Kirkcaldy waterfront: Work to start on phase two of Esplanade transformation
The next phase of work on Kirkcaldy’s waterfront is set to begin next week.
It will focus on linking the High Street to the Esplanade, down Charlotte Street and Nicol Street.
Work is due to start on Monday, and will be carried out by local contractor, Gilmartins.
And while it gets underway, plans are in hand to stage a consultation on Volunteers Green - the only green space in the town centre which remains under-used, but comes with a long history.
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It all forms part of the long-term aim of capitalising on a waterfront which turned its back on the High Street several generations ago.
The project was driven by former councillor Neil Crooks, in his role as convener of Kirkcaldy area committee.
Now the baton has been picked up by his successor, Councillor Ian Cameron.
He said: “Over time the town centre has turned its back on the coastline, but this project will once again capitalise on one of the town’s greatest assets – its views.
“We hope the improvements will encourage more use and give better opportunities to create a bustling waterfront with a retail offering, events and information on the views across the Forth.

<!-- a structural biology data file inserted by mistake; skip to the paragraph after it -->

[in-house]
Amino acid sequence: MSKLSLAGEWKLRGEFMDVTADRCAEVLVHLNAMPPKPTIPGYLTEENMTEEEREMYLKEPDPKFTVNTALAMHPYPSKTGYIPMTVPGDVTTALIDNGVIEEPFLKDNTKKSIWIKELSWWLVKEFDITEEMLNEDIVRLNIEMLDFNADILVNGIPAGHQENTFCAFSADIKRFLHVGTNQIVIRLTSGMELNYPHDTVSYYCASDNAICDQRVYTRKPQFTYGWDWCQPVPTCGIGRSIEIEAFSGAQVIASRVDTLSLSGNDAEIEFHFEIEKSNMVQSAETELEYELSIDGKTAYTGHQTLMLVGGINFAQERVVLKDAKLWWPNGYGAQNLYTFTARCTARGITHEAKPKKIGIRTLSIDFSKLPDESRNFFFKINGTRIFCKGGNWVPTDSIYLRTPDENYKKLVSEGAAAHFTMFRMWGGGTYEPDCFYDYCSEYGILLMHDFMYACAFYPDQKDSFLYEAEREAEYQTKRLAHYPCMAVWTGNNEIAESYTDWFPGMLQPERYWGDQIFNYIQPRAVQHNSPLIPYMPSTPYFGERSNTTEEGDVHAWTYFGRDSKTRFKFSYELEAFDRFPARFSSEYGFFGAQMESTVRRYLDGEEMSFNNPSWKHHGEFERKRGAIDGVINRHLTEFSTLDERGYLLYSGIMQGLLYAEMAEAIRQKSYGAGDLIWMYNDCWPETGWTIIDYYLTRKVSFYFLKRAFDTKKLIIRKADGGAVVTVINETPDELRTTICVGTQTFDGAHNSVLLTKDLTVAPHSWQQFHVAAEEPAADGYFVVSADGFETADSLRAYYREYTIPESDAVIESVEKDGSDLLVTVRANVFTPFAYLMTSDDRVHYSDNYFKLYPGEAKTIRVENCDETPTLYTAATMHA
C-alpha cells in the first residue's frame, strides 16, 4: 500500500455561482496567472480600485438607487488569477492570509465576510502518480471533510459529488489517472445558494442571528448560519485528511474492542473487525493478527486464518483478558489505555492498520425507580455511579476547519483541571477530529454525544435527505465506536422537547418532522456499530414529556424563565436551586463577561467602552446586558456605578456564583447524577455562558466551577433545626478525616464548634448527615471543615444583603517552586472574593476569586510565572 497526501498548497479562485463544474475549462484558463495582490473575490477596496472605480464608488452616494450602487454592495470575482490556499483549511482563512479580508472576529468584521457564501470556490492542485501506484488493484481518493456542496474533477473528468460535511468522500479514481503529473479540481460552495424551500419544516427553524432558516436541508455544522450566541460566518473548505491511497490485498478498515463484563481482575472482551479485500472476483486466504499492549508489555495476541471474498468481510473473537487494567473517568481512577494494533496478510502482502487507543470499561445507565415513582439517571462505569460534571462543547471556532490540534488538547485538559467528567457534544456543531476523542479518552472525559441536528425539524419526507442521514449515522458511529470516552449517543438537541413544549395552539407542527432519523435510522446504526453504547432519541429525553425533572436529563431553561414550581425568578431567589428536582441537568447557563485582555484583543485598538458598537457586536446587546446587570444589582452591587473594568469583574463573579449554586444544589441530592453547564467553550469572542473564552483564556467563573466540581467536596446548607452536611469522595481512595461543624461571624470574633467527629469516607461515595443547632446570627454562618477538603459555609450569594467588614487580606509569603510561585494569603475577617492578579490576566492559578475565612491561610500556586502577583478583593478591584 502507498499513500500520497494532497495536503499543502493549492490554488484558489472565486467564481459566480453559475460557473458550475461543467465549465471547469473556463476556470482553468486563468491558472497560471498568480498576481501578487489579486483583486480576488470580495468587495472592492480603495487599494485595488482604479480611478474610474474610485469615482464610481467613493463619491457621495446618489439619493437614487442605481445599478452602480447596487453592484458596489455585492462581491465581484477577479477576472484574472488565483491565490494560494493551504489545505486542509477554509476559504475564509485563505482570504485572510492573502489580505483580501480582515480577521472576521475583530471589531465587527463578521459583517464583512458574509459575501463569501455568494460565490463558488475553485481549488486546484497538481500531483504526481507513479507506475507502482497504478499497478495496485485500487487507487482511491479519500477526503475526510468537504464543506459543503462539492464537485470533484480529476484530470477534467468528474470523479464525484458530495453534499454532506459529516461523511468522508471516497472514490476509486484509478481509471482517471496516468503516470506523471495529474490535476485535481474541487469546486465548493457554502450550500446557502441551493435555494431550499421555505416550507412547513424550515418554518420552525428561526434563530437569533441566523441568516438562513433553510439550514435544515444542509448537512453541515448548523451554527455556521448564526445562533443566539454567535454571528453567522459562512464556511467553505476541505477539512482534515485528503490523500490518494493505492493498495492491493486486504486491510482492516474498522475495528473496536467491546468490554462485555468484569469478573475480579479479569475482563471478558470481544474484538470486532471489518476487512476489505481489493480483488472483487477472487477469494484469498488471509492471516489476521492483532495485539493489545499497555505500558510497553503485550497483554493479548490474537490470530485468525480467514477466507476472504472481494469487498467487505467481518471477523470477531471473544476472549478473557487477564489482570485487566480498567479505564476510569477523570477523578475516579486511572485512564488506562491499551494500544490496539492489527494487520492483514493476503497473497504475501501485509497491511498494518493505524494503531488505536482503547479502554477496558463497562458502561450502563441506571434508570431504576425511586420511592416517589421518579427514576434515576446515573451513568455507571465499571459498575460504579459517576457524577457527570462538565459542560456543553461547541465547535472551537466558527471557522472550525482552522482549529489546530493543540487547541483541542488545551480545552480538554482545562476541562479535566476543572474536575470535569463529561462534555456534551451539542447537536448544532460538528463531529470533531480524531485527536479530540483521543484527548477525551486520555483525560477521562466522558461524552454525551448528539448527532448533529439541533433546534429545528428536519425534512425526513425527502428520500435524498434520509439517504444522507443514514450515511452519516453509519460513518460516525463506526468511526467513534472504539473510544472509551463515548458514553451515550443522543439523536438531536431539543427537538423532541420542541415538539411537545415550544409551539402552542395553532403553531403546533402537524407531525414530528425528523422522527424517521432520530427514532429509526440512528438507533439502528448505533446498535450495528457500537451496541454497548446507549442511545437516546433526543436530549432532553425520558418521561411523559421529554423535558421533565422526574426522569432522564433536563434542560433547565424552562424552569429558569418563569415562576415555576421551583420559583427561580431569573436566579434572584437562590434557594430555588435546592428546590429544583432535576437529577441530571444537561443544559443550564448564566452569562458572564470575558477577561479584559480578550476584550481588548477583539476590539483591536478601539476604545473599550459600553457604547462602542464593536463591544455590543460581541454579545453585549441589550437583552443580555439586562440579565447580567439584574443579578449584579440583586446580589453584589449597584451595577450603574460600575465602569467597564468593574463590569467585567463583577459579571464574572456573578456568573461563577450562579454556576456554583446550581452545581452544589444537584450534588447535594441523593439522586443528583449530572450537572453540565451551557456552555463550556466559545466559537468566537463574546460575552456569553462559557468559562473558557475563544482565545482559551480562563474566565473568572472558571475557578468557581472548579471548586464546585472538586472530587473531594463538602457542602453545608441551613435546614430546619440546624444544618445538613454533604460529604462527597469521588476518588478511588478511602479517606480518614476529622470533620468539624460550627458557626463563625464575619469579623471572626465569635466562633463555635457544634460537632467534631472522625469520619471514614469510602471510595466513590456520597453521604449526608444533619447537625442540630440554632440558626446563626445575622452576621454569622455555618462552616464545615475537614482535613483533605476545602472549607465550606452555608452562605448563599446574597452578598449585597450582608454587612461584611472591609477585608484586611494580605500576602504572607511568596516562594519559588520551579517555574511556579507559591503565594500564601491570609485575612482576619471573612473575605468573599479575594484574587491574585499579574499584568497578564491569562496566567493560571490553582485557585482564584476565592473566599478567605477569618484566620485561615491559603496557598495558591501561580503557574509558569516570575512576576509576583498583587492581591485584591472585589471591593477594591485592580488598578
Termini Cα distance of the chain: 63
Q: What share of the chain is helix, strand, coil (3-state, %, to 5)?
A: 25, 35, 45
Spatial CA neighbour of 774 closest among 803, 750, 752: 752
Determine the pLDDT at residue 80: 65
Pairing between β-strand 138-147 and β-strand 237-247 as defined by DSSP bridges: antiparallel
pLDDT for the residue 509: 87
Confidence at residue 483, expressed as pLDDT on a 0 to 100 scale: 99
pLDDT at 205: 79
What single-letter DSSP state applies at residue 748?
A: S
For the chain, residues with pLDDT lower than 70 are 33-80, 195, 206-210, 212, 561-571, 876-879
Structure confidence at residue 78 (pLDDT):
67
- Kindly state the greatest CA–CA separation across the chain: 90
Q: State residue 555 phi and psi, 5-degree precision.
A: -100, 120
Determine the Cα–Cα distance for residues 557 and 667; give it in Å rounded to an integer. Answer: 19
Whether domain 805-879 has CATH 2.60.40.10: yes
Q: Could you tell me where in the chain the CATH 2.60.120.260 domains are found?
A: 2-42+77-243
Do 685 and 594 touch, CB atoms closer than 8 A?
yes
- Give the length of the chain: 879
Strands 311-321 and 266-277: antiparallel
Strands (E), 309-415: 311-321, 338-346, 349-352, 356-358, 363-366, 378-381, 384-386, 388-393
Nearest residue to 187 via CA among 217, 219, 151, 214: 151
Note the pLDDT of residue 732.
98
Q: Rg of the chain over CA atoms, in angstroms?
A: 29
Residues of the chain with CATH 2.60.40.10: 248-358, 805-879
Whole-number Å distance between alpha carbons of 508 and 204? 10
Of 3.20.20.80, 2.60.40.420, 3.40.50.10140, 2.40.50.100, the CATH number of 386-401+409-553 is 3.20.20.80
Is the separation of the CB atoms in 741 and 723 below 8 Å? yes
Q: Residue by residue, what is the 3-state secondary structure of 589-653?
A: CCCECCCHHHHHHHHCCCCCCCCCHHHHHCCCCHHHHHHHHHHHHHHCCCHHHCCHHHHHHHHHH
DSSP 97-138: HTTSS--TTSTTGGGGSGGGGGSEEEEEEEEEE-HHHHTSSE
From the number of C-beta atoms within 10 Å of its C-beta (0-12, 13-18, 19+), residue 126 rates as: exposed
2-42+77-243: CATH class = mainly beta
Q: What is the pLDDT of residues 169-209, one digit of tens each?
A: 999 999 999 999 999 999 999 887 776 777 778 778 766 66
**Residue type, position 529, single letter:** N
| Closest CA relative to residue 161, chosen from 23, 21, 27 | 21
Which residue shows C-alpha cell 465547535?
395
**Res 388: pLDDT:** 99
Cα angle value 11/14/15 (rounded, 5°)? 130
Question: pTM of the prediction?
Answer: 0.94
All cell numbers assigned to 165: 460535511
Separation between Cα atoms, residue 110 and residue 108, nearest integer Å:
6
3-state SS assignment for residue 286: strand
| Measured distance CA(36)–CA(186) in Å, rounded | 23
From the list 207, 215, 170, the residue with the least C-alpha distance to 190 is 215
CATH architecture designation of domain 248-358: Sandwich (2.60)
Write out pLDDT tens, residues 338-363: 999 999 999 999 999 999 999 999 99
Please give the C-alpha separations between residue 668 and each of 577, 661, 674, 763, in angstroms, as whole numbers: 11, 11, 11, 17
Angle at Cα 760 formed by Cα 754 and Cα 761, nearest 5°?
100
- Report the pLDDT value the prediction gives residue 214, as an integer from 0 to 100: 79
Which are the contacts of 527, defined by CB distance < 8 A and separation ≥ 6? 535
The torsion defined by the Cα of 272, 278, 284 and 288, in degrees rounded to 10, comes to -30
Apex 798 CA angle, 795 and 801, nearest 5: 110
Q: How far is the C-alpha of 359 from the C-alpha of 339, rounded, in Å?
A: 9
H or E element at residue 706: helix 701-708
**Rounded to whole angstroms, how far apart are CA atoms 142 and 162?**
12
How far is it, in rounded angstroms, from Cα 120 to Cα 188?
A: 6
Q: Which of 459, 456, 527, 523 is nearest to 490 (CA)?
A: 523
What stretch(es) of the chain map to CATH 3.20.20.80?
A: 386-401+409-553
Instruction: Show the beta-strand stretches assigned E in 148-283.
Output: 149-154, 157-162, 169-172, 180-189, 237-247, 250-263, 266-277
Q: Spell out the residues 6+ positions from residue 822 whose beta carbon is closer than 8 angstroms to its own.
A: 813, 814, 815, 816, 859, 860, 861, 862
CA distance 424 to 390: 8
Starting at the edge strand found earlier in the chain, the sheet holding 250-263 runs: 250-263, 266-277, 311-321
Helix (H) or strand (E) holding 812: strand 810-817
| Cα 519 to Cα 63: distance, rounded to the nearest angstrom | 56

Cllr Cameron believes the waterfront still has potential to tap into for the benefit of the town centre.
This phase continues on from the work completed between Merchants House and Tolbooth Street and is the next step of the £1.6m Council and Scottish Government Place Based Investment-funded project.
Natural stone finishes will be used to match the existing streetscape on the High Street and those used in phase one.
Added Cllr Cameron: “Feedback has been very positive and supportive of the plans to further develop the waterfront so that we can help it reach its full potential, and continue to attract investment in the town.
“The first phase included a new road layout between Tolbooth Street and High Street junction, reducing the Esplanade to a single two-way road with the remaining space providing on-street parking, and features to encourage more use of the outdoor space around key building such as the Kings Theatre.”
The work is scheduled to take one year to complete.